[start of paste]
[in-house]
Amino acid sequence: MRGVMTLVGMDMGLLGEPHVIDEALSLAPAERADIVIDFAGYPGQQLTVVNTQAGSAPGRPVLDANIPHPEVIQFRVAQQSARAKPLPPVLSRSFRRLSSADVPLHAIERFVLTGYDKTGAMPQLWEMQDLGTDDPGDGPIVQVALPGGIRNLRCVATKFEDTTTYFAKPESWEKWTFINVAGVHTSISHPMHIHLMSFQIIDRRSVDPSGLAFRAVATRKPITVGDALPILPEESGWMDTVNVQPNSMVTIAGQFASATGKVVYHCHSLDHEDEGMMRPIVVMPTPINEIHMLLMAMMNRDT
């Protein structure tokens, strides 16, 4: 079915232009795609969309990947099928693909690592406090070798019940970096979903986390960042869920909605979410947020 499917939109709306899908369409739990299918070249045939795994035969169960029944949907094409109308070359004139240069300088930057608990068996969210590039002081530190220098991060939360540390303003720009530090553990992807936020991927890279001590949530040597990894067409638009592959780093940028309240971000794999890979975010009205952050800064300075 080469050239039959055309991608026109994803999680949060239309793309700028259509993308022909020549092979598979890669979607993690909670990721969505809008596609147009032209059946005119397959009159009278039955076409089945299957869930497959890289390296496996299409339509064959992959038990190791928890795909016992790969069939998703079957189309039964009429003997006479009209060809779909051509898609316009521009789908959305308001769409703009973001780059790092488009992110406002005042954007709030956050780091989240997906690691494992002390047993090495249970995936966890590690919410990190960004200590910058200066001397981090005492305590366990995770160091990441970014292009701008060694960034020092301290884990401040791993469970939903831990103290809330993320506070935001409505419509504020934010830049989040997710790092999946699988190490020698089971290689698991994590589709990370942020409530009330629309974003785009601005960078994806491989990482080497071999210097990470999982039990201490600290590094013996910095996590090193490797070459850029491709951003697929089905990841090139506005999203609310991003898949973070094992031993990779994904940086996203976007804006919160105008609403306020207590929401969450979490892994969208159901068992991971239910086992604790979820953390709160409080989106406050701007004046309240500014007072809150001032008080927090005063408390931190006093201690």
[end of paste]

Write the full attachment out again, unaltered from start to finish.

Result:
[in-house]
Amino acid sequence: MRGVMTLVGMDMGLLGEPHVIDEALSLAPAERADIVIDFAGYPGQQLTVVNTQAGSAPGRPVLDANIPHPEVIQFRVAQQSARAKPLPPVLSRSFRRLSSADVPLHAIERFVLTGYDKTGAMPQLWEMQDLGTDDPGDGPIVQVALPGGIRNLRCVATKFEDTTTYFAKPESWEKWTFINVAGVHTSISHPMHIHLMSFQIIDRRSVDPSGLAFRAVATRKPITVGDALPILPEESGWMDTVNVQPNSMVTIAGQFASATGKVVYHCHSLDHEDEGMMRPIVVMPTPINEIHMLLMAMMNRDT
């Protein structure tokens, strides 16, 4: 079915232009795609969309990947099928693909690592406090070798019940970096979903986390960042869920909605979410947020 499917939109709306899908369409739990299918070249045939795994035969169960029944949907094409109308070359004139240069300088930057608990068996969210590039002081530190220098991060939360540390303003720009530090553990992807936020991927890279001590949530040597990894067409638009592959780093940028309240971000794999890979975010009205952050800064300075 080469050239039959055309991608026109994803999680949060239309793309700028259509993308022909020549092979598979890669979607993690909670990721969505809008596609147009032209059946005119397959009159009278039955076409089945299957869930497959890289390296496996299409339509064959992959038990190791928890795909016992790969069939998703079957189309039964009429003997006479009209060809779909051509898609316009521009789908959305308001769409703009973001780059790092488009992110406002005042954007709030956050780091989240997906690691494992002390047993090495249970995936966890590690919410990190960004200590910058200066001397981090005492305590366990995770160091990441970014292009701008060694960034020092301290884990401040791993469970939903831990103290809330993320506070935001409505419509504020934010830049989040997710790092999946699988190490020698089971290689698991994590589709990370942020409530009330629309974003785009601005960078994806491989990482080497071999210097990470999982039990201490600290590094013996910095996590090193490797070459850029491709951003697929089905990841090139506005999203609310991003898949973070094992031993990779994904940086996203976007804006919160105008609403306020207590929401969450979490892994969208159901068992991971239910086992604790979820953390709160409080989106406050701007004046309240500014007072809150001032008080927090005063408390931190006093201690």